Source: The Bond Buyer. For illustrative purposes only and does not represent any specific portfolio managed by Lord Abbett or any particular investment.

 

The race to borrow at the end of last year has left issuance thus far in 2018 comparatively lean. Over the first four months of 2018, total issuance in the municipal bond market was approximately $91 billion, or 21% below last year and 23% below the trailing five-year average ($128 billion), according to JPMorgan.

While tight primary market conditions are expected to largely persist through the summer, there are longer-term effects from the tax legislation that will affect the market. The elimination of advance refunding bonds reduces what was, historically, roughly a quarter of new-issue supply. As the existing pre-refunding issues mature, the weighting of such bonds in the Bloomberg Barclays Municipal Bond Index is expected to fall to zero over time. This weighting already has dropped, from 16.85% of the index in May 2016 to just 7.38% as of April 30, 2018. However, the catalyst for the reduction has more to do with higher interest rates making refinancing less attractive rather than any impact from tax reform.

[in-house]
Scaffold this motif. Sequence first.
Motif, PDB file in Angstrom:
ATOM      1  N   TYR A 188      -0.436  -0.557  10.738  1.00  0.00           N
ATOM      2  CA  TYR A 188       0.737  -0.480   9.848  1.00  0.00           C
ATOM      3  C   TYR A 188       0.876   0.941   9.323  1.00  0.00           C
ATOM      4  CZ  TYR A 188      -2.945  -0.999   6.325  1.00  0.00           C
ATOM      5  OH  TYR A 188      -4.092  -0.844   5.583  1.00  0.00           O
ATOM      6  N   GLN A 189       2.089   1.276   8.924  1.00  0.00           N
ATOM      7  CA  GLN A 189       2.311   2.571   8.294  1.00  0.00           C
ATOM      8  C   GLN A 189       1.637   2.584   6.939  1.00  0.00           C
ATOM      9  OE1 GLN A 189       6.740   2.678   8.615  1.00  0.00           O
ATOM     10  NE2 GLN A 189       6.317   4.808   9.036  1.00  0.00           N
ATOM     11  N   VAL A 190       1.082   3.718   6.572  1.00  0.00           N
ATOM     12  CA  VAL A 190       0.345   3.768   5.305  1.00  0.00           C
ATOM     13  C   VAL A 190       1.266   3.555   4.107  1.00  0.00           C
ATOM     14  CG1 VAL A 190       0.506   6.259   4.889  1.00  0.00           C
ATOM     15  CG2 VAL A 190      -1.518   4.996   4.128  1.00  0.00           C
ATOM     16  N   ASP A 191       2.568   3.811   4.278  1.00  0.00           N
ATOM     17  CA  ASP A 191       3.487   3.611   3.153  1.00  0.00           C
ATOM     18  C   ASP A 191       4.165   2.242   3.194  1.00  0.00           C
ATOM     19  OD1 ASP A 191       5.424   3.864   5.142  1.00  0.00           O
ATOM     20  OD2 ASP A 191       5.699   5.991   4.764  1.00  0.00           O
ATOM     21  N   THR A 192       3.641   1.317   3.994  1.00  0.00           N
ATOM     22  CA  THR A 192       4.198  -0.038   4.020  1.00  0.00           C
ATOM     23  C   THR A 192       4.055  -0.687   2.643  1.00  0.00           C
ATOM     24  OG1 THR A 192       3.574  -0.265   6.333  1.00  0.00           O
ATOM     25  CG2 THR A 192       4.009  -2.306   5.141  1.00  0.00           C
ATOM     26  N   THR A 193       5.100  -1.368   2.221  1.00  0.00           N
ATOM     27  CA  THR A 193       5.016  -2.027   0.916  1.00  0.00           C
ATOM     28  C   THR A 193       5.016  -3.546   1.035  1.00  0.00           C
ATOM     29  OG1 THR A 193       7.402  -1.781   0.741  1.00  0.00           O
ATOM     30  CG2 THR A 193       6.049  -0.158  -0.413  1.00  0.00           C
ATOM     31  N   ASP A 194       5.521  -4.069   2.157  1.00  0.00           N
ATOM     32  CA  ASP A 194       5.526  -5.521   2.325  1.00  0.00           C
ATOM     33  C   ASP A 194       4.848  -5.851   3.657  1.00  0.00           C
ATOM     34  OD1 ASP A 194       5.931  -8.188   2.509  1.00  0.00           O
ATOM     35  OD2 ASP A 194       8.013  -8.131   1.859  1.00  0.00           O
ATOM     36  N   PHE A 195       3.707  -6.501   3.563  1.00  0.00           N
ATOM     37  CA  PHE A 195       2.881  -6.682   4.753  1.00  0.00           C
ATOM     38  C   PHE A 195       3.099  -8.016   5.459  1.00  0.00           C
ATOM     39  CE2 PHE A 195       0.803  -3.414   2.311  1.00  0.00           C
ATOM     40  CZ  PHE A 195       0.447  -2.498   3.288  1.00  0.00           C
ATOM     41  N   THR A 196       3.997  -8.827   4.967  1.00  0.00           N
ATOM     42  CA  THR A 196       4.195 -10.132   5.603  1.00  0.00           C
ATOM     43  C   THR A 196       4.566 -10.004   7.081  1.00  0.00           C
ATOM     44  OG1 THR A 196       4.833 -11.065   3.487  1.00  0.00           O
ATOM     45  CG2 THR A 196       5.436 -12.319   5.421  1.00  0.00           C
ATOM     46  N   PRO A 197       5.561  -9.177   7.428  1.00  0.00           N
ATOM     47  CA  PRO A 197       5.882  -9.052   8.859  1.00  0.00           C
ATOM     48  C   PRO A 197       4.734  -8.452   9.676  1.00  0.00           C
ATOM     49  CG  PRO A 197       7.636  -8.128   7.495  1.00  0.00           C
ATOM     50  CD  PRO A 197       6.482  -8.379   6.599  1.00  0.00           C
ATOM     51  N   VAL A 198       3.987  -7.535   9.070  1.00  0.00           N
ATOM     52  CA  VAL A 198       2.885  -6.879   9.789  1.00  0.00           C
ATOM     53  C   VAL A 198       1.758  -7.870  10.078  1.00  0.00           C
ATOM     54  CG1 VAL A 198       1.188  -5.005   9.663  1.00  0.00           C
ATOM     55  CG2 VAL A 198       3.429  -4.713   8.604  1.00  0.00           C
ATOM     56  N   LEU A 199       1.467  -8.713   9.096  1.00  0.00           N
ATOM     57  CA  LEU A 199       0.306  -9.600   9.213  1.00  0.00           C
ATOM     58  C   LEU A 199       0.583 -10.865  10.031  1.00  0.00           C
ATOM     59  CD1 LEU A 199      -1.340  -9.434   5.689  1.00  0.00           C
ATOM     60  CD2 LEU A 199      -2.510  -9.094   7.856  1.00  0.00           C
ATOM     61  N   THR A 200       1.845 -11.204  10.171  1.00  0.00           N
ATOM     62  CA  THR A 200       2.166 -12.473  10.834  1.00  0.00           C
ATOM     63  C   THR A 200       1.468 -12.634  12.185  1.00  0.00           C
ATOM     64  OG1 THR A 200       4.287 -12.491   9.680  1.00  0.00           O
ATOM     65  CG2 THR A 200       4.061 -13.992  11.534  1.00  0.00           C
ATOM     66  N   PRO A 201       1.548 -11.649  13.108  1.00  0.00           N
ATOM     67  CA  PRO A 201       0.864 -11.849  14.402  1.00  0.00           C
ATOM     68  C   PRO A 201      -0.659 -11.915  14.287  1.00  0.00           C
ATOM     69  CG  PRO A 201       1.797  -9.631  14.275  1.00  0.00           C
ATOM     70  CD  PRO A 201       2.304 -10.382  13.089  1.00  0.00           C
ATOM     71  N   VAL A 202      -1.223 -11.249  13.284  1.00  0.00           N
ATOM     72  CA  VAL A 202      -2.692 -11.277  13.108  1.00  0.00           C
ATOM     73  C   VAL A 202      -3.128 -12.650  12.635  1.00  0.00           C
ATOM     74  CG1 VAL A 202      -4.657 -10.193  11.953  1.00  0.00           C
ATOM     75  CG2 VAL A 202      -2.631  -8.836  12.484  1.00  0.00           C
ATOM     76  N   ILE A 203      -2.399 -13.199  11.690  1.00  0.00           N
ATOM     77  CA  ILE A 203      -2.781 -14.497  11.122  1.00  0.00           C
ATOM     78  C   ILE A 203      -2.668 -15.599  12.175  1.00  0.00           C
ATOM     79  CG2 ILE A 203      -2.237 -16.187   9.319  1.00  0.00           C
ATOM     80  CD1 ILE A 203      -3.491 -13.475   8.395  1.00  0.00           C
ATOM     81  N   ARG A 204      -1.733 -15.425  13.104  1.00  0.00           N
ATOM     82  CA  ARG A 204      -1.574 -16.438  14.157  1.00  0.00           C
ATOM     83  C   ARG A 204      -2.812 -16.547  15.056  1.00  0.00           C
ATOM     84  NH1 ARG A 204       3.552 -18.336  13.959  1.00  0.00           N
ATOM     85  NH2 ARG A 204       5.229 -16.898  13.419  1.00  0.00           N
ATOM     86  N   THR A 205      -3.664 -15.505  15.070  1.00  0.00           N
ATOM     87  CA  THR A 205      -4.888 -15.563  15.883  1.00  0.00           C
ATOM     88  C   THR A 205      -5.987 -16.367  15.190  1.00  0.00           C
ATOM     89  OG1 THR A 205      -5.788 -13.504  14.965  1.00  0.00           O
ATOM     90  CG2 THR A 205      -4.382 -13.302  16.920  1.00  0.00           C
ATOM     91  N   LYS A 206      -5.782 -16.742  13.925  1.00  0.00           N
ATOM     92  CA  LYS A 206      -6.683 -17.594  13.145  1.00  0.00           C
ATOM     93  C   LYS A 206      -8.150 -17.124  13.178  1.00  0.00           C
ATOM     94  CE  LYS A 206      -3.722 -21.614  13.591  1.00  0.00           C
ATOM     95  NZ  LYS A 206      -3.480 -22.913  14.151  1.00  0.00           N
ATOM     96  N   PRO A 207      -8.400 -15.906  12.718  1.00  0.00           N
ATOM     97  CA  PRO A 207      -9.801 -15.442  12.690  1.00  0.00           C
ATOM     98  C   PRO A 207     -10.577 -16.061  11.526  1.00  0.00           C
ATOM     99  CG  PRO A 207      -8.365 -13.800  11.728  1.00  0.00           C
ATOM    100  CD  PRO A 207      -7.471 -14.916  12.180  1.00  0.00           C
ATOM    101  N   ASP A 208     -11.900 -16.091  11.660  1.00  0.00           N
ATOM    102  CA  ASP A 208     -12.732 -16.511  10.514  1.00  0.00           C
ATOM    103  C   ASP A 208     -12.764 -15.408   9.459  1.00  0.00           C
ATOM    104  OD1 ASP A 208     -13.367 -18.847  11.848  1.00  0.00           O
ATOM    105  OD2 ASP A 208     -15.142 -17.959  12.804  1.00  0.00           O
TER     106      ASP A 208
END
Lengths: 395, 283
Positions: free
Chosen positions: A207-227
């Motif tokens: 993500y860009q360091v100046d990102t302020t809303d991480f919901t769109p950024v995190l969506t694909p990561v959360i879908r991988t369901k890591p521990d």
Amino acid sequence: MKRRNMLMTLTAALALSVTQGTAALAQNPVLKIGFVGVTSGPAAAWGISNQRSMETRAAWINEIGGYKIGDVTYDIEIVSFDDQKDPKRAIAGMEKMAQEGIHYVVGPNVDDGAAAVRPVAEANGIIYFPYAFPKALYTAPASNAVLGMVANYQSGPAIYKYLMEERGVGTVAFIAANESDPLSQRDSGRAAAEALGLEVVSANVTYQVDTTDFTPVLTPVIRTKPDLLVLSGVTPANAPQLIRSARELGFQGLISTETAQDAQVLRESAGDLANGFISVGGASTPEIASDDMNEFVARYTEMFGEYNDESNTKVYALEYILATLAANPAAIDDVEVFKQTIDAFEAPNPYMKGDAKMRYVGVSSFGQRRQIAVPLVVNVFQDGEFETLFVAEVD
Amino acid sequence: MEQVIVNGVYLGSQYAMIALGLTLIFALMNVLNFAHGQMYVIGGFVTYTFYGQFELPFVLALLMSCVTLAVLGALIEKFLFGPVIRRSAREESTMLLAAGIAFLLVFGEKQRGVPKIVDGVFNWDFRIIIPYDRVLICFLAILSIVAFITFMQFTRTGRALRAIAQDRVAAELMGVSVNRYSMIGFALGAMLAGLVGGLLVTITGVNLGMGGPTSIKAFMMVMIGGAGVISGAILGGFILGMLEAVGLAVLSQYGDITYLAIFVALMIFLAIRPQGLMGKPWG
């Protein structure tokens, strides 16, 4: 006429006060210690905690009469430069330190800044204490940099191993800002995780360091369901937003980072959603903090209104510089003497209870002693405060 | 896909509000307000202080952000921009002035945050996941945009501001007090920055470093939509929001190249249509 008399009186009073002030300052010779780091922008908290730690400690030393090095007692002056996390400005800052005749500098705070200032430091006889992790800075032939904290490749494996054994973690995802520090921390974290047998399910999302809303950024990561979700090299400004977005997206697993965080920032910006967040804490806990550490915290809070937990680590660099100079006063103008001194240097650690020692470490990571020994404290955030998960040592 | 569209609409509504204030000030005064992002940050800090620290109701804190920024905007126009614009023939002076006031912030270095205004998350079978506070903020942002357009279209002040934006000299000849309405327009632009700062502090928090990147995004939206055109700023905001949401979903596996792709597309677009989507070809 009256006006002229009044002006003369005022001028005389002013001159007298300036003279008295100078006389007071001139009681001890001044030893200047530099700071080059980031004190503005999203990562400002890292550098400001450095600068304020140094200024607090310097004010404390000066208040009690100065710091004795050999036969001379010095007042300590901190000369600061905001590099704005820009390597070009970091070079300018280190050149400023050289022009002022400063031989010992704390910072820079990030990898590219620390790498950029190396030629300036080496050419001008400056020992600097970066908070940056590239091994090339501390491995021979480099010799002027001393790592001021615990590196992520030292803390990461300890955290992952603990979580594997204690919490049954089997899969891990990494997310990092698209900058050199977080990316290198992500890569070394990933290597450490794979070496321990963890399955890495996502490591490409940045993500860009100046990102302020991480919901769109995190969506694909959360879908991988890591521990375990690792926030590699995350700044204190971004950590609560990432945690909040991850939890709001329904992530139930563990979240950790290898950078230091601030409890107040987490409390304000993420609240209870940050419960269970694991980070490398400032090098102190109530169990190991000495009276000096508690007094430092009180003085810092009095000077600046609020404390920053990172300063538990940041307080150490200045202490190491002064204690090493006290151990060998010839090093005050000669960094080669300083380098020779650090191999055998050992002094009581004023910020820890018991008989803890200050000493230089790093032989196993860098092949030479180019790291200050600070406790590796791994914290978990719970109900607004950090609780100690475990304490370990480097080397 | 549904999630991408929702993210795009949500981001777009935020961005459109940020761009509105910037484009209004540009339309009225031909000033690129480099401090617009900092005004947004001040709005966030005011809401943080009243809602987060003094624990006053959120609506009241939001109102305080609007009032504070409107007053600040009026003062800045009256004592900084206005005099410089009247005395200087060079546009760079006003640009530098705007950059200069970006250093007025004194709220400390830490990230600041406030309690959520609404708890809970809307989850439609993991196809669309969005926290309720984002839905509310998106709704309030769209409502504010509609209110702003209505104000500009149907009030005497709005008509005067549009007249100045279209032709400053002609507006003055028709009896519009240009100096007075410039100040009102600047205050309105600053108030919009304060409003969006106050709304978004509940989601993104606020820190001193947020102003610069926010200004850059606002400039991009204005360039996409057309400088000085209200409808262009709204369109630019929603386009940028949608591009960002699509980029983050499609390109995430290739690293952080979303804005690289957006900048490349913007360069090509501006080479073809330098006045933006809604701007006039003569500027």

To recap, then, while indicators point to modest demand for munis at the present time, the supply of new muni bonds in the marketplace has fallen, and looks to remain tight over time. Meanwhile, as investors look to put new money to work, the attractive yield (both on an absolute and tax-equivalent basis) currently on offer in municipal bonds, especially as compared with where they were in the middle of 2016 and relative to their taxable counterparts, could help spur a notable increase in demand for munis over the coming months.

And there are other factors that could provide support for municipal bonds in the months ahead. In a recent Muni Matters, Lord Abbett partner and director Dan Solender, in listing the key attributes of a resilient, healthy muni market, notes that overall municipal bond credit quality is strong, and that some experts’ forecasts of a continued climb in interest rates may not come to pass, given a still-moderate pace of U.S. economic growth.

As any first-year economics student can tell you, lower supply, when accompanied by healthy demand, is typically supportive of prices in any market.  In particular, professional muni-bond managers with strong credit research and security-valuation capabilities are particularly well positioned to capitalize on such an environment.

 

MARKET VIEW PDFs